The Divine Comedy-Hell
Dante Alighieri, Dante Alighieri, Dorothy L. Sayers  
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Publisher:Penguin Books
Translator:Dorothy L. Sayers
Edition:Later Printing
Dimensions:7.60 x 5.00 x 0.80 in
Date Added:2013-12-30
Summary: The greatest strength of Dorothy Sayers's translation of The Divine Comedy is its notes. Sayers considered this translation her finest work and spent years of her life on it, though she died before she could complete Paradise. Having read The Comedy dozens of times myself, along with many books on Dante and his work, I liked Sayers for her dedication, but her translation--and even her notes--has some problems.

The biggest flaw of the translation is that it's just not literal enough, due mainly to Sayers's attempt at rhyming. Dante invented terza rima ("threefold rhyme") for his Comedy, and trying to use the same rhyme in English is a noble effort but ultimately hopeless. She frequently strays from the original or, worse, obscures something very clear in the original so that she can fit the lines into her rhyme scheme. Her English is also littered all over with strange syntax and archaic words, some of which worked while others left me scratching my head and, in at least one case, laughing out loud.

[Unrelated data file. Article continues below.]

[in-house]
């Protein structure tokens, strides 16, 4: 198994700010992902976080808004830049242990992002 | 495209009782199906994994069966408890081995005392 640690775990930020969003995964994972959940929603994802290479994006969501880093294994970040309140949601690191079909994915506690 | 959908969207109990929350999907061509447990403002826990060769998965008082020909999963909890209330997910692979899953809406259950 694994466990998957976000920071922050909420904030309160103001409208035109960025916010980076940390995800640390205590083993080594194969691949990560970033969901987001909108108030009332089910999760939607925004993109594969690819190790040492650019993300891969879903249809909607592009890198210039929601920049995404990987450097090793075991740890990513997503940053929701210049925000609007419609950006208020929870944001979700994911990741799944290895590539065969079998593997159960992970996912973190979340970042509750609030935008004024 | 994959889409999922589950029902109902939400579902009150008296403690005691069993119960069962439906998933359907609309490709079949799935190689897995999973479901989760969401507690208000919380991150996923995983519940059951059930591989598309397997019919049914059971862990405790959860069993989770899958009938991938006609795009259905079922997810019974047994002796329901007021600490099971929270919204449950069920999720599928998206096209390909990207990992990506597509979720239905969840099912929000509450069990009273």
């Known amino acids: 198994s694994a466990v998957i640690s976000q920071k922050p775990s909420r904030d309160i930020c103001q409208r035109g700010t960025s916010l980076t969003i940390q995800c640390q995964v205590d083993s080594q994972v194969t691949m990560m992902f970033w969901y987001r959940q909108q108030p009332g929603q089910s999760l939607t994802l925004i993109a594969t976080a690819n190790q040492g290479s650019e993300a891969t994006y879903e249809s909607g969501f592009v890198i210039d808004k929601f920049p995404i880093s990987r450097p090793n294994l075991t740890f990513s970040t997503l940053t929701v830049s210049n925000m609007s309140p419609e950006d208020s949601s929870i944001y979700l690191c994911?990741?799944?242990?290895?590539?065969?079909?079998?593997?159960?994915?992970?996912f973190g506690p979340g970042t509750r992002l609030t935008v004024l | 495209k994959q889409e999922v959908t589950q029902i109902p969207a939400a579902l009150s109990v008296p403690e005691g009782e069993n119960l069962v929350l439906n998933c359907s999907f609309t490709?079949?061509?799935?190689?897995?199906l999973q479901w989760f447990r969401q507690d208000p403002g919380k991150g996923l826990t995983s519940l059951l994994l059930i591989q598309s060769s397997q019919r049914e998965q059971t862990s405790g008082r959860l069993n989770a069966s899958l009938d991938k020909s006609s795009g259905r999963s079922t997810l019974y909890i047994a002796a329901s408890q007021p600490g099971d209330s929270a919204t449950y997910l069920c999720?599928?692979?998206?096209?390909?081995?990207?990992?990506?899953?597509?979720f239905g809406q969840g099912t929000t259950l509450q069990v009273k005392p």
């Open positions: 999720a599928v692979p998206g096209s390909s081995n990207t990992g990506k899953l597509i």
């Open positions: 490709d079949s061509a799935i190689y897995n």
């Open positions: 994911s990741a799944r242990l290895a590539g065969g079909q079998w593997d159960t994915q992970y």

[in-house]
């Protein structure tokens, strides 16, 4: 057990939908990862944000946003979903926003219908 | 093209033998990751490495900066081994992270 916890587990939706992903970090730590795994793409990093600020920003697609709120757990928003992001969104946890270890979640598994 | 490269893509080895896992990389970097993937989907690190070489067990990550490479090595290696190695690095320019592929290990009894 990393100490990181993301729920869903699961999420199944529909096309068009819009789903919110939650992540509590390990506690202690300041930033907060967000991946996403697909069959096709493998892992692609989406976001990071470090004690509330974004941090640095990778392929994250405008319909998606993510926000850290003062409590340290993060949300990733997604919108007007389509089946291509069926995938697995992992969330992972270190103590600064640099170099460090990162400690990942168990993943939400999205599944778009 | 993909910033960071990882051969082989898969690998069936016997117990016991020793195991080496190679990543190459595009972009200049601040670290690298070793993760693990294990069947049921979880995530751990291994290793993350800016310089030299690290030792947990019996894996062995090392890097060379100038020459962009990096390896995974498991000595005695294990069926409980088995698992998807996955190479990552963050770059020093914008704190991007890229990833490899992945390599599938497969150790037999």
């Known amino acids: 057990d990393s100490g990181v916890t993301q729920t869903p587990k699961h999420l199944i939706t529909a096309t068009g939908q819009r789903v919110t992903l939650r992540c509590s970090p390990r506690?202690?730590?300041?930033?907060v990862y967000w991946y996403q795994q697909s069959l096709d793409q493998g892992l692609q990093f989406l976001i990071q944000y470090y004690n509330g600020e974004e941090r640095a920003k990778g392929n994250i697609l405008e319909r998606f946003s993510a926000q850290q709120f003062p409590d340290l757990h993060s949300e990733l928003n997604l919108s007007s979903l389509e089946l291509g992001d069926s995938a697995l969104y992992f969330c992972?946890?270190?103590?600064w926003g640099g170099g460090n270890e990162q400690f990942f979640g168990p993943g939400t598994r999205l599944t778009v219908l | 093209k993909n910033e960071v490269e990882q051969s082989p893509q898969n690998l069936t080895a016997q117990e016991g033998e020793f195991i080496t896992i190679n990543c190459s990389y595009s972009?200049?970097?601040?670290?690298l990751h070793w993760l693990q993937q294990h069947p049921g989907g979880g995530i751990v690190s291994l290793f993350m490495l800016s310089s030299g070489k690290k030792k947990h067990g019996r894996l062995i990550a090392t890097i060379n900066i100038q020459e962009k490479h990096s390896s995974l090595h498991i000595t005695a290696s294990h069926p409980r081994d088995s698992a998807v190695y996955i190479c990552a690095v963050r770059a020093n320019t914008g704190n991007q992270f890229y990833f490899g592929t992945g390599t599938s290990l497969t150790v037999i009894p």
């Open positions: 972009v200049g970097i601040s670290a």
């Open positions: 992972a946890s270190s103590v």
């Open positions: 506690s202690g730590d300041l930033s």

But for all that, her translation is entertaining and still allows Dante to speak, if through an imperfect medium. There were some sections in which the wording and rhyme worked so well I was thrilled as I read it--most of the work, however, is not up to that standard.

As I said at the beginning, though, this translation's greatest strength is its notes. Sayers shows years of dedicated study in the introduction, notes, and appendices she prepared for this work. One of the most helpful parts of her work are the breakdowns of difficult sections, which she analyzes in the four levels of interpretation at which Dante wrote. These sections are very good and offered even a seasoned reader of Dante like me something to sink my teeth into.

Some of her notes are misguided or flawed, but the book is still worthwhile to the new student of Dante for the wealth of good information they contain. I give one star for the translation and three for the notes.

If the notes are not what you're after and you want to read something more literal the first time around, check out the Mark Musa translation, also available from Penguin Classics, or that of Anthony Esolen from the Modern Library.